Maybe it's because although hot flashes and irritability and stomach bloating/weight gain suck, but I'm perfectly happy to lose the cycles that never worked properly in the first place. It's more sobering to realize that I am teetering on the downslide of my life cycle. That I would be fortunate to be halfway, especially given the precarious state of the world.

It stuck with me throughout the day. Thankfully, the spinning has lessened today, although dizzy spells where I have to grab on to something to steady myself have not. Fingers crossed that I can stay upright or at least be near something soft if I upend my middle-aged self -- I can't afford another injury! Quite literally, as my insurance only covers 30 PT visits PER CALENDAR YEAR, not per injury or script, which is some bullshit for those of us who are accident prone. I have two visits left before I would have to cash pay, which is $80/pop, which especially in the summer when I have no paycheck is a NO GO. 

This experience keeps underscoring how the way society is puts everyone an accident away from financial disaster, especially if you're on shaky ground to begin with. (Slight tangent.) Anyway, age is just a number (but does actually mean SOMETHING), and I'd far rather be middle-aged than have to do "youth" over again! 


  1. My husband got vertigo in his 40s and 50s, but so far not in his 60s (touch wood). here was an incident in South Africa (pre-Epley) that is too awful to recount online - he tends to get it for about 12 hours non-stop, then recovers. He then read about the Epley manoeuvre online, and tried it when he felt the dizziness coming on during subsequent travel, and it fended off an attack (which was good, because it was before a four-hour car trip). It's very gentle. And he hasn't had a bad episode of it since. Touch wood again! I hope yours clears soon! And take care in the meantime.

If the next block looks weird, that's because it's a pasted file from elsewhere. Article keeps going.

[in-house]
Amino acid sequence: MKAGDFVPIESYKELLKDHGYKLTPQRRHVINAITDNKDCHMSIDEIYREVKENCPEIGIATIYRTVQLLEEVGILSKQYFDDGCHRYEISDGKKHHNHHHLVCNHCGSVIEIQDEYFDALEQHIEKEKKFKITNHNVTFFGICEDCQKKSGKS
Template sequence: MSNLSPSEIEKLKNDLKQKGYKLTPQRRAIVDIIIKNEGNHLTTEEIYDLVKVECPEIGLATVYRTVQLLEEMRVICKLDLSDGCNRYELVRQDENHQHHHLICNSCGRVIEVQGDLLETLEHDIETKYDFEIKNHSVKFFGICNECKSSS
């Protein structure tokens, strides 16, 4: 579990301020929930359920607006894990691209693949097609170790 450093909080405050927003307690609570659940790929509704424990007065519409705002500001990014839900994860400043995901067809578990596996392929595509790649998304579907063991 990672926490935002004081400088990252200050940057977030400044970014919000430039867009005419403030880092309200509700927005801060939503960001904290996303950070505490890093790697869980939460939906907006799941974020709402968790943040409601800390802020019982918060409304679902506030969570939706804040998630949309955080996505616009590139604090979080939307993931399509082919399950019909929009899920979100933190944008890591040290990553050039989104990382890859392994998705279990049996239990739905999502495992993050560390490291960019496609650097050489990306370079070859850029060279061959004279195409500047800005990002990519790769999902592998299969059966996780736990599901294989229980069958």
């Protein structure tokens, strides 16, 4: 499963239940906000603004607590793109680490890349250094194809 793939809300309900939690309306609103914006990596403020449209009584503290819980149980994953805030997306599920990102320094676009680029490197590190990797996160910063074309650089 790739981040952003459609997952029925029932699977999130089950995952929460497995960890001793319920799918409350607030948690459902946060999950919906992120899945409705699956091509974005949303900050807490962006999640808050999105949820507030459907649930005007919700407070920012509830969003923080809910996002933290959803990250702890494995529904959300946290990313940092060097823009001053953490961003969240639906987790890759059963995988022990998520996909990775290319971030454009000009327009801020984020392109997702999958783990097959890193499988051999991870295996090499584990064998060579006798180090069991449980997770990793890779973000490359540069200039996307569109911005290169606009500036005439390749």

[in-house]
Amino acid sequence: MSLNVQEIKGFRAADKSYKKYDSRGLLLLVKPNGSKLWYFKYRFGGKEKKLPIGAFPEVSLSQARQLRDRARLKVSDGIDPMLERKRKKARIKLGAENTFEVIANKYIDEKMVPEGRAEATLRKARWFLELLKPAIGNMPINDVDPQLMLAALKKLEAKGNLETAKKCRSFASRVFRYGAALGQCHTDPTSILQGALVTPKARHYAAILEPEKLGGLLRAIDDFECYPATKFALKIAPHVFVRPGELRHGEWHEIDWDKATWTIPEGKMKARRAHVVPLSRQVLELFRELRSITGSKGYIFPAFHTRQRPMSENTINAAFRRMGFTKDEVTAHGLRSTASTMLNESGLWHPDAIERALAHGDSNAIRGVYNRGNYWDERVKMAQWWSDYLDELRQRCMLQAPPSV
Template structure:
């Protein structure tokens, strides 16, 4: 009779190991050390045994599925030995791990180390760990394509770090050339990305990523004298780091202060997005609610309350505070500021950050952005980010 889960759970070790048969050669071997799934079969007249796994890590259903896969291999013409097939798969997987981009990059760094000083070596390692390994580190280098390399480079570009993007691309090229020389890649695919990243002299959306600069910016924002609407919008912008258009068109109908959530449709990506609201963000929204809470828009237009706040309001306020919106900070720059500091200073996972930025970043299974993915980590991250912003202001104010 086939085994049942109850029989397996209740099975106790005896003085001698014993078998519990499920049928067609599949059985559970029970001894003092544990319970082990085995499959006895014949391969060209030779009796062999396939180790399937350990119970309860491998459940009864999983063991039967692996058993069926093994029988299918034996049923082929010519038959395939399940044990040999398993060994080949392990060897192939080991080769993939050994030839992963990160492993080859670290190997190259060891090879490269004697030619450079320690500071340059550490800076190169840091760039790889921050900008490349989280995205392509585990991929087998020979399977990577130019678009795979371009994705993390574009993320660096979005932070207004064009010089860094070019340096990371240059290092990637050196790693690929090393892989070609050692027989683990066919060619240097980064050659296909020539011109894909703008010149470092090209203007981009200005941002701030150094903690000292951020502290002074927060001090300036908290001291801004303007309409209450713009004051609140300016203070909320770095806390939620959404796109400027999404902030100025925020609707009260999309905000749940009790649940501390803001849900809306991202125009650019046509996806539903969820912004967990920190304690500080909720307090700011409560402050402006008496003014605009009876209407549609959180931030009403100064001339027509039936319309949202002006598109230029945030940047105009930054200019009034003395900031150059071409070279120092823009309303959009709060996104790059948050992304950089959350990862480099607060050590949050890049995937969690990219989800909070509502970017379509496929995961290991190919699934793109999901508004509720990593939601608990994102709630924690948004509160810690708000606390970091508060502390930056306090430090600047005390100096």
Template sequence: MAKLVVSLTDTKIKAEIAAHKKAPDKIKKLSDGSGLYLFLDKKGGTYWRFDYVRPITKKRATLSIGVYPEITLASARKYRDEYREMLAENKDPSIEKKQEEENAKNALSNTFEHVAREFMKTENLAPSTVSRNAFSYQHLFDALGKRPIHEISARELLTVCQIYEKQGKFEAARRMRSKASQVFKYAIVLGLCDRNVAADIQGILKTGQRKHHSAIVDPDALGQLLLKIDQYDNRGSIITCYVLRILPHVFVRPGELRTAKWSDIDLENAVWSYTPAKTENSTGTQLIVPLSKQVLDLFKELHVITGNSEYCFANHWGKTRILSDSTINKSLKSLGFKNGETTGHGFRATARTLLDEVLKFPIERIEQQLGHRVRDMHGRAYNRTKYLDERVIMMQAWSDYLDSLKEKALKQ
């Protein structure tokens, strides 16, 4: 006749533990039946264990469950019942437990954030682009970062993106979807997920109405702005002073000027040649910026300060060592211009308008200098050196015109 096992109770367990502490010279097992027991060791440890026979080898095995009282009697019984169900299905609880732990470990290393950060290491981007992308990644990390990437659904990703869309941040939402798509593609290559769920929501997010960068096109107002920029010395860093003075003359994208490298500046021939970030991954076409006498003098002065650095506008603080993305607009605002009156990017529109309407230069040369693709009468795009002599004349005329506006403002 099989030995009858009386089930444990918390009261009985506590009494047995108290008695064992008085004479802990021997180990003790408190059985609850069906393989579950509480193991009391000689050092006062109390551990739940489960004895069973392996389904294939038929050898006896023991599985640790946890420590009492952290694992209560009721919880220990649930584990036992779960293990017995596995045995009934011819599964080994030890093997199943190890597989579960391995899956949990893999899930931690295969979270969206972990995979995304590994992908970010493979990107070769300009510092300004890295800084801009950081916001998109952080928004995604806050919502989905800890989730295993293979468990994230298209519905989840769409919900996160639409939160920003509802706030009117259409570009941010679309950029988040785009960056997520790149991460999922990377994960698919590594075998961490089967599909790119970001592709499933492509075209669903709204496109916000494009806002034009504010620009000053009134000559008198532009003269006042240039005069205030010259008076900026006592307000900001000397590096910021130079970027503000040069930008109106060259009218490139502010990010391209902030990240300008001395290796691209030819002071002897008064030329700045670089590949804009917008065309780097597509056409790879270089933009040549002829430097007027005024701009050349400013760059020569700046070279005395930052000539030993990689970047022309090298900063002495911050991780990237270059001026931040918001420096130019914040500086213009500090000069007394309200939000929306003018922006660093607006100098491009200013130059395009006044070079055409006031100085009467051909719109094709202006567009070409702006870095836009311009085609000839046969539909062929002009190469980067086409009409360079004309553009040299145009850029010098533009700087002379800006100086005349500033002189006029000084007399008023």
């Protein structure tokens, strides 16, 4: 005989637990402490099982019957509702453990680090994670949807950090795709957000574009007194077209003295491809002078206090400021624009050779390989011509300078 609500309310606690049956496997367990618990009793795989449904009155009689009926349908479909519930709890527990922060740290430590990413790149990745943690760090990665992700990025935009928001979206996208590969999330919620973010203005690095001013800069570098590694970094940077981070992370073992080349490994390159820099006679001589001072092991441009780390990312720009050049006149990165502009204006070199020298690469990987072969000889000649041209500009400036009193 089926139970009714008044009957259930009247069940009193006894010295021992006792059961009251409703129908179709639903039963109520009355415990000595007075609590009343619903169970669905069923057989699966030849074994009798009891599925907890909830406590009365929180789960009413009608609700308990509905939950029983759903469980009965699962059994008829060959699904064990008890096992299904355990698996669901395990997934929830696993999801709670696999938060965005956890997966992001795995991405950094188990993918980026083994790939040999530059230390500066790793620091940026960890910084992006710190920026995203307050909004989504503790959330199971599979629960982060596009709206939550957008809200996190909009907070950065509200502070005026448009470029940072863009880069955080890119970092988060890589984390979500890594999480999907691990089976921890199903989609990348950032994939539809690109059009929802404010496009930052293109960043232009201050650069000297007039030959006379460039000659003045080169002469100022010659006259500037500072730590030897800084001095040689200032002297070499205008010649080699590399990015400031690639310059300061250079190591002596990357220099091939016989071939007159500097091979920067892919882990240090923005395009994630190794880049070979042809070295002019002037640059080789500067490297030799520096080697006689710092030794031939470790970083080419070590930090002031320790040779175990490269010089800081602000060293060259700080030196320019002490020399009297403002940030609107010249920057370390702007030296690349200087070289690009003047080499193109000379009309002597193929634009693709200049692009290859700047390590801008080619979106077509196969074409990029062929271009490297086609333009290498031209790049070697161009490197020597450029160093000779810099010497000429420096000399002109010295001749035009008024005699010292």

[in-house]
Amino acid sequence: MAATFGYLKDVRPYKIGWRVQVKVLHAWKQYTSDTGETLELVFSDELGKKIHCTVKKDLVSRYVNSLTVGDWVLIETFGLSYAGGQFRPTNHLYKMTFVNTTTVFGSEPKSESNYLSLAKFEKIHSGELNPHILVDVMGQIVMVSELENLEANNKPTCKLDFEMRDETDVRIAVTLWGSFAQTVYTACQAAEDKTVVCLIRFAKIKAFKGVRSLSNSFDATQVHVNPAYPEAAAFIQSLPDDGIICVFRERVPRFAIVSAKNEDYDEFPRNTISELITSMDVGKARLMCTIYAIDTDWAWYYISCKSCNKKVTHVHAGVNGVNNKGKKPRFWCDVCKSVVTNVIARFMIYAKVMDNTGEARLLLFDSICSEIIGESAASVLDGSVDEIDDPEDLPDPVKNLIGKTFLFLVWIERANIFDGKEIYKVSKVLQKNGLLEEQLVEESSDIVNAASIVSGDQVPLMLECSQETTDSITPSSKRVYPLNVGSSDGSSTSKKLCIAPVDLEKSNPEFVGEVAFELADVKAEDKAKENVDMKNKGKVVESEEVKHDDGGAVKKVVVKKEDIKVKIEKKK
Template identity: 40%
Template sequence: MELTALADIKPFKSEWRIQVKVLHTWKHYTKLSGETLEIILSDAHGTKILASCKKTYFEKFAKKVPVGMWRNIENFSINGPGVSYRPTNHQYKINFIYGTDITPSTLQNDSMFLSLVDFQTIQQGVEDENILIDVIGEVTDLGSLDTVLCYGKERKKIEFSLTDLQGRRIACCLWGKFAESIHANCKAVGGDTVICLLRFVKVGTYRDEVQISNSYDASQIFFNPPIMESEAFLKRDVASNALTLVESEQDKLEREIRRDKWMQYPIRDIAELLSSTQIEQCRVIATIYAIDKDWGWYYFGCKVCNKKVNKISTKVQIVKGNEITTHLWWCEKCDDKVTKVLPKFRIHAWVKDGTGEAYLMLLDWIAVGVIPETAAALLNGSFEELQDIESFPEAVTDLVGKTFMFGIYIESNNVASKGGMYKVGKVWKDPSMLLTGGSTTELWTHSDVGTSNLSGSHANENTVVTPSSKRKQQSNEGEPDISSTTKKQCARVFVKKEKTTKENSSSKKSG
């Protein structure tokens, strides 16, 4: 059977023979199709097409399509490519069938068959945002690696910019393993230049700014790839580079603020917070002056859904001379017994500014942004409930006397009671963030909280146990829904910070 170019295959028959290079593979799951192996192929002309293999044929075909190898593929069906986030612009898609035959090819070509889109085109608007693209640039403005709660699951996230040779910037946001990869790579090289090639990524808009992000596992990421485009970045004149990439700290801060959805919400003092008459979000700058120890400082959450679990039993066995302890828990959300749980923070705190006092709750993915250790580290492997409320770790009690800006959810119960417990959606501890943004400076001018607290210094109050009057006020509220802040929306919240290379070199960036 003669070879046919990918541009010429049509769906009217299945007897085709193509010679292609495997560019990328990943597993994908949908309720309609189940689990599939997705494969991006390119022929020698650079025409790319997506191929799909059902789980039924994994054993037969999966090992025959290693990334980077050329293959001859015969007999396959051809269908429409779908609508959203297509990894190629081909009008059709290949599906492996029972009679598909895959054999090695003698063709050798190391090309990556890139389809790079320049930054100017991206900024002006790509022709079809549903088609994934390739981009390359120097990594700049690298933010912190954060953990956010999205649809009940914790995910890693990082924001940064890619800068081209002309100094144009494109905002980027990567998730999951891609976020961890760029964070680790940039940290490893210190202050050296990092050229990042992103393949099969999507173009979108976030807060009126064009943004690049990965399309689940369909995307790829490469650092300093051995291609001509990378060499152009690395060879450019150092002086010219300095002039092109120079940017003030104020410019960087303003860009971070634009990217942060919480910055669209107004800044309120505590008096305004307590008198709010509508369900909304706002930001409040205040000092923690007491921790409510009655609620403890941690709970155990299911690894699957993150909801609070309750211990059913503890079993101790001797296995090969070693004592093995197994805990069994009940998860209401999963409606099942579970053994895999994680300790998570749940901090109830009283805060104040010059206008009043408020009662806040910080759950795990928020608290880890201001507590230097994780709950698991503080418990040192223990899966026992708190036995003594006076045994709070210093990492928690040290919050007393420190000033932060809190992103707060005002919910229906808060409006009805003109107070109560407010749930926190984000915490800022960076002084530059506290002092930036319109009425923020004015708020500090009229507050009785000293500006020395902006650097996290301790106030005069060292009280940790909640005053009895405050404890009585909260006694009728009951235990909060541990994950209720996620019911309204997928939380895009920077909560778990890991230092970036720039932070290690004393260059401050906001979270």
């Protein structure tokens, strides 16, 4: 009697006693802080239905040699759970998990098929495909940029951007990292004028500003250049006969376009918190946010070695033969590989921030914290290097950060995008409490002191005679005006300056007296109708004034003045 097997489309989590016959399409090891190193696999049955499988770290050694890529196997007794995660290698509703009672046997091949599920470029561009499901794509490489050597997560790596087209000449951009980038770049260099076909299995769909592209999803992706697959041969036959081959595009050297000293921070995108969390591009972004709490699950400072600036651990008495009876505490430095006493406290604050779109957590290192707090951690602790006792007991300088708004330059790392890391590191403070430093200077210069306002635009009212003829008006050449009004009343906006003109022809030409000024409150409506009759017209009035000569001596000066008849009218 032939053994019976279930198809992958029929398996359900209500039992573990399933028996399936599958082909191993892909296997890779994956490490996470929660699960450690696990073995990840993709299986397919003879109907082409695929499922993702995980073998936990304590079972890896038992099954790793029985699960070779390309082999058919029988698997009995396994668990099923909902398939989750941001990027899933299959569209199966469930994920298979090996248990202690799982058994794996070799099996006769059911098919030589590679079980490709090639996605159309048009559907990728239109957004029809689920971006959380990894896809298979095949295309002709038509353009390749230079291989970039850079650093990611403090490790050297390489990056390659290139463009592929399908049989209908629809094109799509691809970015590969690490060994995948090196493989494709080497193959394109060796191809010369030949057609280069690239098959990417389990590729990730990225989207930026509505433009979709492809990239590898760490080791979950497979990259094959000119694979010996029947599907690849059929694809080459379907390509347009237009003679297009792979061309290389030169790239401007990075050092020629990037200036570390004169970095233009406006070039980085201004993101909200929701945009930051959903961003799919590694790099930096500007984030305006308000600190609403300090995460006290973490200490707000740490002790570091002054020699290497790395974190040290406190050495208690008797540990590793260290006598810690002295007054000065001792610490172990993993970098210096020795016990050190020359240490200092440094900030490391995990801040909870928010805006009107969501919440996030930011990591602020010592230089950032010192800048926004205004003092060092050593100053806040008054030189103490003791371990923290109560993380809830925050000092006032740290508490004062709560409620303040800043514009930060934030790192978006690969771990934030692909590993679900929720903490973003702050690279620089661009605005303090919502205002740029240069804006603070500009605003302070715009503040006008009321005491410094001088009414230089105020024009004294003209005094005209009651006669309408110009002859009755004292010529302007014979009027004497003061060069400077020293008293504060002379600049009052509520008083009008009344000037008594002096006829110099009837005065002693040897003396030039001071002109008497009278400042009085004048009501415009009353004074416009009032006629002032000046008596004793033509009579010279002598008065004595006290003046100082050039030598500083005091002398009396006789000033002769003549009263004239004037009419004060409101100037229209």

Also, I bet your PT is young, is he? He must be, to use that description so blithely. He'll change his methods the first time someone points out HE is middle aged! lol

    PS. Do you really get no pay-check over summer? That doesn't seem like a fair system.

    1. Oh good gracious, that sounds horrible. To have vertigo at all is gross, but while traveling and having to be on car trips and planes? Ugh. Glad he knows what to do with it!

      Ugh, the idea of "young" keeps changing... I guess so, I would put him in his early 30s maybe? MAYBE 35? Which now in relation to me is young. Glurrp.